SBU grad Mirna Kheir Gouda publishes cell research in prestigious journal

SBU grad Mirna Kheir Gouda publishes cell research in prestigious journal

Mirna Kheir Gouda

By Daniel Dunaief

Mirna Kheir Gouda arrived in Commack from Cairo, Egypt, in 2012, when she was entering her junior year of high school. She dealt with many of the challenges of her junior year, including taking the Scholastic Aptitude Test, preparing for college and adjusting to life in the United States.

Her high school counselor at Commack High School, Christine Natali, suggested she apply to Stony Brook University. Once she gained admission, she commuted by train to classes, where she planned to major in biology on the road to becoming a doctor.

She did not know much about research and wanted to be involved in it to learn, especially because Stony Brook is so active in many fields.

“After some time conducting research, I came to be passionate about it and it was no longer just another piece of my resume, but rather, part of my career,” she explained in an email.

She reached out to Gábor Balázsi, a relatively new faculty member at the time, who suggested she consider joining a lab.

Balázsi uses synthetic gene circuits to develop a quantitative knowledge of biological processes such as cellular decision making and the survival and evolution of cell populations.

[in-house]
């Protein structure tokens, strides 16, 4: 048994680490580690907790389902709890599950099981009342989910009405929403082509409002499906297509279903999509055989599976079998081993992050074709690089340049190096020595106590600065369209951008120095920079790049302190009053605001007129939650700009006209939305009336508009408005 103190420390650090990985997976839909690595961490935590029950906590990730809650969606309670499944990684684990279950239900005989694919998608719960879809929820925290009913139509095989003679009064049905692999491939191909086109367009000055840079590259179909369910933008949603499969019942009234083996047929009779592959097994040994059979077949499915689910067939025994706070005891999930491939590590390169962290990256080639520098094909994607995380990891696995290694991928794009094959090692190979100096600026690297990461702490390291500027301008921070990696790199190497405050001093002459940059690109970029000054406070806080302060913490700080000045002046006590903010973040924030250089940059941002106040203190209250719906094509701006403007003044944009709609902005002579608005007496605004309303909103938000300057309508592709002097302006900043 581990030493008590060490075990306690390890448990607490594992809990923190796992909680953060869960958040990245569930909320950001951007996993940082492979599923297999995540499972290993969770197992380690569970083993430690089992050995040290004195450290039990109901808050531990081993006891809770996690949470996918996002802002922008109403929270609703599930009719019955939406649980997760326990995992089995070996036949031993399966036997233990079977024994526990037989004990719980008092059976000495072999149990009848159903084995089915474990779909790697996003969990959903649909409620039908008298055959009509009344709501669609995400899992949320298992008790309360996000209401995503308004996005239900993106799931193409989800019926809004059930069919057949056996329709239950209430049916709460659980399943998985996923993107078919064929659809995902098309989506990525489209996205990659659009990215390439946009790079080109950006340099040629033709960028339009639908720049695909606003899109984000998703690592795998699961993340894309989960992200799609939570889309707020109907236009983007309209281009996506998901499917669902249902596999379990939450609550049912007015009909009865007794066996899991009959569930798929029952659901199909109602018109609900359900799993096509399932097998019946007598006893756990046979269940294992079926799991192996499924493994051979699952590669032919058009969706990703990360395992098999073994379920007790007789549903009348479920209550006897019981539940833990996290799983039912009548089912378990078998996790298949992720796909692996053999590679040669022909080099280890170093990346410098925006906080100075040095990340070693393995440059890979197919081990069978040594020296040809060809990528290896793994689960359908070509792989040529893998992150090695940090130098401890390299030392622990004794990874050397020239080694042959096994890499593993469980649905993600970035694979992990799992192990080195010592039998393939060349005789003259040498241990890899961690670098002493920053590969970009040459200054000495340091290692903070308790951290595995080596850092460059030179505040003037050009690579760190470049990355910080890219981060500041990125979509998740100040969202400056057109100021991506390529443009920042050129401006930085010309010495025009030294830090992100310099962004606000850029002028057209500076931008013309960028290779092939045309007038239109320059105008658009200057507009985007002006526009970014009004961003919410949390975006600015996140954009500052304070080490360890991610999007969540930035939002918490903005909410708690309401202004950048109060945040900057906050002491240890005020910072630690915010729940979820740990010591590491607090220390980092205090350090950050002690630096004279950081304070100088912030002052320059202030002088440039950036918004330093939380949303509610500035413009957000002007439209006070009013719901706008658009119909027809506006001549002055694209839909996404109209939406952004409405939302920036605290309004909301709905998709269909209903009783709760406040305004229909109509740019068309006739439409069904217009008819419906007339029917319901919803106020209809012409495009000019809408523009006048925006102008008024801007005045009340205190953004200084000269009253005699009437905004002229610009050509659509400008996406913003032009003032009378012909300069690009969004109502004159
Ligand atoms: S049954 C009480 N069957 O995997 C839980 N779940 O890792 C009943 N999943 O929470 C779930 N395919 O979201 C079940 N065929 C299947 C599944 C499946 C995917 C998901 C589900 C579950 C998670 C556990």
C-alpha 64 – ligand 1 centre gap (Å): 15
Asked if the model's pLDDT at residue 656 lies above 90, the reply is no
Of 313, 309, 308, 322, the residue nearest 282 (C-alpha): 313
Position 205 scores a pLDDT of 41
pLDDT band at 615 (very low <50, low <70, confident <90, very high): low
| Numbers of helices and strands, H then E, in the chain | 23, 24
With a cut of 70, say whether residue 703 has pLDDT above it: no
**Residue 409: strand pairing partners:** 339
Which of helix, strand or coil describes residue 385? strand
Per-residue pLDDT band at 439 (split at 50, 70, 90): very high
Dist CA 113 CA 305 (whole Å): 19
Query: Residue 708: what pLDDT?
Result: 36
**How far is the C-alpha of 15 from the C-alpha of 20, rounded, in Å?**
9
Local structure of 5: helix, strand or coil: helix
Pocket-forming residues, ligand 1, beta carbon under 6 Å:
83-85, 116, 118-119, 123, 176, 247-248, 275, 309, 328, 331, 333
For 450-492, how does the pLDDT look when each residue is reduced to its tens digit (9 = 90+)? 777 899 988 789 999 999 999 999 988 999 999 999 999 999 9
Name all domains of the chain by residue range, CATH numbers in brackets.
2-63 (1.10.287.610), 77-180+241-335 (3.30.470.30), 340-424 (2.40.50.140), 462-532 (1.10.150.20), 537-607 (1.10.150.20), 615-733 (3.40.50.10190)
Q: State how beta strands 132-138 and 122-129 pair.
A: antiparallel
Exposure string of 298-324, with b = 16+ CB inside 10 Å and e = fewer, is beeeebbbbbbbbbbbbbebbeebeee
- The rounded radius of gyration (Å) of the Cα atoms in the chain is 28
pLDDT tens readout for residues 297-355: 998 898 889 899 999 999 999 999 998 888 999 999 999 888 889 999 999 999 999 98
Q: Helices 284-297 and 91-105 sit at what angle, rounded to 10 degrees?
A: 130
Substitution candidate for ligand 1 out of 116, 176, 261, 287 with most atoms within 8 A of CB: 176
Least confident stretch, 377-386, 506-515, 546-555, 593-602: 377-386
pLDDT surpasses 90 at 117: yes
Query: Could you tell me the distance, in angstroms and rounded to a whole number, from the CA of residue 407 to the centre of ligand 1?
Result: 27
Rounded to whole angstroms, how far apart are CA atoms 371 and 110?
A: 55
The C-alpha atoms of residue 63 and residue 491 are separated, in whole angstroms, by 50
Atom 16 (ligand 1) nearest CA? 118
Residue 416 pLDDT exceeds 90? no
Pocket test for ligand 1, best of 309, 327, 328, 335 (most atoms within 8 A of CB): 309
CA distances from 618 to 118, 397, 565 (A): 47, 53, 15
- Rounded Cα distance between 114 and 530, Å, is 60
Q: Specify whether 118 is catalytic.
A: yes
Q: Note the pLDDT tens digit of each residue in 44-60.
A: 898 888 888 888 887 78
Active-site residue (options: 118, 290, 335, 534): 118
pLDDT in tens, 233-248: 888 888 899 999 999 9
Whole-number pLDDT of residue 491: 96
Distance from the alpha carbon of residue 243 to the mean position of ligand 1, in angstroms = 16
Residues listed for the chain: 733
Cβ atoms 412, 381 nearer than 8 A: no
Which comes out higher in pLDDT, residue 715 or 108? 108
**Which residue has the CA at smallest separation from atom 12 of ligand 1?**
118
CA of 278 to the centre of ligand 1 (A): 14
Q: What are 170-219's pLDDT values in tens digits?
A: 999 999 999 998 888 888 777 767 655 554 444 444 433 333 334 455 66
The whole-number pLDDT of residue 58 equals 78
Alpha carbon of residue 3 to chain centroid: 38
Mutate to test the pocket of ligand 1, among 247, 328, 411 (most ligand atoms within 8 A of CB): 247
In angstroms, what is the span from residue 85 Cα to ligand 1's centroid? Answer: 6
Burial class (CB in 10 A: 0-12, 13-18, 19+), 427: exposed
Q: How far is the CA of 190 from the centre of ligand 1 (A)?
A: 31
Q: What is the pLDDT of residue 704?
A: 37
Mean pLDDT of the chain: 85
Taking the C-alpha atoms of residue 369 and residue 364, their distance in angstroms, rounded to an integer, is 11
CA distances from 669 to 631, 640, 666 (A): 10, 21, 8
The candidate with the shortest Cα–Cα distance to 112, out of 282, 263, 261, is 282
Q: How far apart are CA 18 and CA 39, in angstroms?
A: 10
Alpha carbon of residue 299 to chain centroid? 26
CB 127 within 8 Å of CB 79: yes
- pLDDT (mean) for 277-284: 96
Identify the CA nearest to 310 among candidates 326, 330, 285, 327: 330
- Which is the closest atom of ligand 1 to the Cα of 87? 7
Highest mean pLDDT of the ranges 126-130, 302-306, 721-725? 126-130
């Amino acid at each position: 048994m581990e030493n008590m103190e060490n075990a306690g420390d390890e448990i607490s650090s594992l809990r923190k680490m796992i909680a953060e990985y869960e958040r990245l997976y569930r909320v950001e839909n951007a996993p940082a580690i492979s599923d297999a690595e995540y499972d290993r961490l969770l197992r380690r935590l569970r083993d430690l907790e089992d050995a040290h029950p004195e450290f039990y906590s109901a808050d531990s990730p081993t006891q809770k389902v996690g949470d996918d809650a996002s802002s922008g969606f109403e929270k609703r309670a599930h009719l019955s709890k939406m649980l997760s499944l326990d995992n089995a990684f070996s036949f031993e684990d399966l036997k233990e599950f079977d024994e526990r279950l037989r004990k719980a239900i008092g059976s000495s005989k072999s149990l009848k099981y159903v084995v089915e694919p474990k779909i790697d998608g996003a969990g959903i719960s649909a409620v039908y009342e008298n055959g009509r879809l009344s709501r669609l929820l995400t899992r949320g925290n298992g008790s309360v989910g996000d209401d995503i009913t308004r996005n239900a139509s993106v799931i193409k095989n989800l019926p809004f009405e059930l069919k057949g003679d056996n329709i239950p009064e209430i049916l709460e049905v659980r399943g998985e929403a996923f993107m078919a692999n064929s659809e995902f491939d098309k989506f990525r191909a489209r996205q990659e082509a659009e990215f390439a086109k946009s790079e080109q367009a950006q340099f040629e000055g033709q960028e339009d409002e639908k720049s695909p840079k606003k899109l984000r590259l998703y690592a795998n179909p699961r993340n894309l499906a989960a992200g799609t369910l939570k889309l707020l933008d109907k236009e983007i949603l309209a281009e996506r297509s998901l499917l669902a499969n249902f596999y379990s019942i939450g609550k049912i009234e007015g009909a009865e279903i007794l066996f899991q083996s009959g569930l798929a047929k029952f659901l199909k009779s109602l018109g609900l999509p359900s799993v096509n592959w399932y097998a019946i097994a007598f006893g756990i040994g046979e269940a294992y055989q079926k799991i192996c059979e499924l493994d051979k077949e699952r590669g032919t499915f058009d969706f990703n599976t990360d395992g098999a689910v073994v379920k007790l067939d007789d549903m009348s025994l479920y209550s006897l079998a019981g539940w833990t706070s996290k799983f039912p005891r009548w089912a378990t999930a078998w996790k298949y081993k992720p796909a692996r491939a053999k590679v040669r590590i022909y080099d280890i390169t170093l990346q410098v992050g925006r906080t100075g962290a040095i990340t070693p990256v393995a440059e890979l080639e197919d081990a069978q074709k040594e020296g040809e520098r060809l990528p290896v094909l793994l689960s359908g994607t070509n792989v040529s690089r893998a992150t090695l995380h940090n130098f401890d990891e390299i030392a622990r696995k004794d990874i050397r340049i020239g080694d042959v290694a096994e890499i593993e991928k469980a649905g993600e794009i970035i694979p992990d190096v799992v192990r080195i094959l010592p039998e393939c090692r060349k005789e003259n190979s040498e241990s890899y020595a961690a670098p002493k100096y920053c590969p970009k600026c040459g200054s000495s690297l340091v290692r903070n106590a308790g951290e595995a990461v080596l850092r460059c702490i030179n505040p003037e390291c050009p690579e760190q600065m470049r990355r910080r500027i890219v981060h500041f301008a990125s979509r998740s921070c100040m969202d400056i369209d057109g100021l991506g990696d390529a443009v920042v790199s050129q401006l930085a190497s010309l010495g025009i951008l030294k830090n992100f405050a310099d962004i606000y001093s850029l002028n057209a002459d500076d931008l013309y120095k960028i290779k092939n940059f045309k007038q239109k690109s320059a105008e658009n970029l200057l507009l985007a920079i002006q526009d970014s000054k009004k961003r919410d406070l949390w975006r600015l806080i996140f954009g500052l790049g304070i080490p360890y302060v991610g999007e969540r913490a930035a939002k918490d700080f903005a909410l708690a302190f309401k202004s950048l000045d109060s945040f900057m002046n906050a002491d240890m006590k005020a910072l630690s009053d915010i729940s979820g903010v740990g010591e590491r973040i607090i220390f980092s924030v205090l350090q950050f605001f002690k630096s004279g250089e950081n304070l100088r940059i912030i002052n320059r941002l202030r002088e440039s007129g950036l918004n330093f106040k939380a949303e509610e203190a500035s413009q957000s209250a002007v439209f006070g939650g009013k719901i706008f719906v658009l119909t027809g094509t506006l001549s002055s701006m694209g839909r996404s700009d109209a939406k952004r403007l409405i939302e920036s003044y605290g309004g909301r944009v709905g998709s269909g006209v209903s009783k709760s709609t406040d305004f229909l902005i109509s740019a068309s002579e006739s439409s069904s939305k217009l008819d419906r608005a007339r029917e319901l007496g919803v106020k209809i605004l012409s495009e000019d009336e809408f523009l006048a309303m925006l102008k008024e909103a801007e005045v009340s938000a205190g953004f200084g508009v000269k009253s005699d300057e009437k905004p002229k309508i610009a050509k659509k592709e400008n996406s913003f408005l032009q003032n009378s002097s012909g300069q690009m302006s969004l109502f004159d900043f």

Balázsi knew Kheir Gouda from the 2015 international Genetically Engineered Machine team, which consisted of 14 members selected from 55 undergraduate students.

“Having this iGEM experience,” which included deciding on a project, raising funds, carrying out the project and preparing a report in nine months, was a “very promising indication” that Kheir Gouda would be an “excellent student,” Balázsi explained in an email.

Kheir Gouda chose Balázsi’s laboratory, where she worked with him and his former postdoctoral fellow Harold Bien, who offered her guidance, direction and encouragement.

As a part of the honors program, Kheir Gouda had to conduct an independent research project.

She wanted to “work on a project that involved adaptations and I always thought, ‘What happens when the environment changes? How do cells adapt?’”

She started her project by working with a mutant gene circuit that was not functioning at various levels, depending on the mutation. She wanted to know how cells adapt after beneficial but costly function loss.

An extension of this research, as she and Balázsi discussed, could involve a better understanding of the way bacterial infections become resistant to drugs, which threaten their survival.

“The idea for the research was hers,” Balázsi explained in an email. Under Bien’s mentorship skills, Kheir Gouda’s knowledge “developed quickly,” Balázsi said.

Balázsi said he and Kheir Gouda jointly designed every detail of this project.

Kheir Gouda set up experiments to test whether a yeast cell could overcome various mutations to an inducer, which regains the function of the genetic gene circuit.

Seven different mutations caused some type of loss of function of the inducible promoter of the gene circuit function. Some caused severe but not complete function loss, while others led to total function loss. Some were more able to “reactivate the circuit” rescuing its function, while others used an alternative pathway to acquire a resistance.